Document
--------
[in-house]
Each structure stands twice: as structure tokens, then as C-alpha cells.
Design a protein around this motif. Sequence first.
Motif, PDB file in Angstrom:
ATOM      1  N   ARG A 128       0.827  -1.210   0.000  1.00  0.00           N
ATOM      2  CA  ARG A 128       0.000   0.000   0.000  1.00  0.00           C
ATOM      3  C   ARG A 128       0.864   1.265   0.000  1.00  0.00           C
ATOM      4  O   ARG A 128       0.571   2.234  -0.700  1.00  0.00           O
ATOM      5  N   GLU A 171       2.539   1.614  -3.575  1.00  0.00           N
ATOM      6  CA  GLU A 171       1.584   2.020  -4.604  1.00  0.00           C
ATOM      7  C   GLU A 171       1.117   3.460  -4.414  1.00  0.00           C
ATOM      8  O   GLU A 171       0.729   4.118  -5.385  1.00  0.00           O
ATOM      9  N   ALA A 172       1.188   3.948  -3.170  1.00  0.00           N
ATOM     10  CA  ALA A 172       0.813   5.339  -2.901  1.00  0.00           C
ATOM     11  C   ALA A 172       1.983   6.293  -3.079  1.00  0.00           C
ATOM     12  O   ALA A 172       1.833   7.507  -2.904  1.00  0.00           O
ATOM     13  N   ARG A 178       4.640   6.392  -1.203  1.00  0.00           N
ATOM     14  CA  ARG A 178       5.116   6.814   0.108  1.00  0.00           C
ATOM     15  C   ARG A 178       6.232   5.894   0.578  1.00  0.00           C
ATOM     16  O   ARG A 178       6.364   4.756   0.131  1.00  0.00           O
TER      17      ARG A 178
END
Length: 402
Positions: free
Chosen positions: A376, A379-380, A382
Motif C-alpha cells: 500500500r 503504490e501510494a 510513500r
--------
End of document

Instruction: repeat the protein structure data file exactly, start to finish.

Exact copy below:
[in-house]
Each structure stands twice: as structure tokens, then as C-alpha cells.
Design a protein around this motif. Sequence first.
Motif, PDB file in Angstrom:
ATOM      1  N   ARG A 128       0.827  -1.210   0.000  1.00  0.00           N
ATOM      2  CA  ARG A 128       0.000   0.000   0.000  1.00  0.00           C
ATOM      3  C   ARG A 128       0.864   1.265   0.000  1.00  0.00           C
ATOM      4  O   ARG A 128       0.571   2.234  -0.700  1.00  0.00           O
ATOM      5  N   GLU A 171       2.539   1.614  -3.575  1.00  0.00           N
ATOM      6  CA  GLU A 171       1.584   2.020  -4.604  1.00  0.00           C
ATOM      7  C   GLU A 171       1.117   3.460  -4.414  1.00  0.00           C
ATOM      8  O   GLU A 171       0.729   4.118  -5.385  1.00  0.00           O
ATOM      9  N   ALA A 172       1.188   3.948  -3.170  1.00  0.00           N
ATOM     10  CA  ALA A 172       0.813   5.339  -2.901  1.00  0.00           C
ATOM     11  C   ALA A 172       1.983   6.293  -3.079  1.00  0.00           C
ATOM     12  O   ALA A 172       1.833   7.507  -2.904  1.00  0.00           O
ATOM     13  N   ARG A 178       4.640   6.392  -1.203  1.00  0.00           N
ATOM     14  CA  ARG A 178       5.116   6.814   0.108  1.00  0.00           C
ATOM     15  C   ARG A 178       6.232   5.894   0.578  1.00  0.00           C
ATOM     16  O   ARG A 178       6.364   4.756   0.131  1.00  0.00           O
TER      17      ARG A 178
END
Length: 402
Positions: free
Chosen positions: A376, A379-380, A382
Motif C-alpha cells: 500500500r 503504490e501510494a 510513500r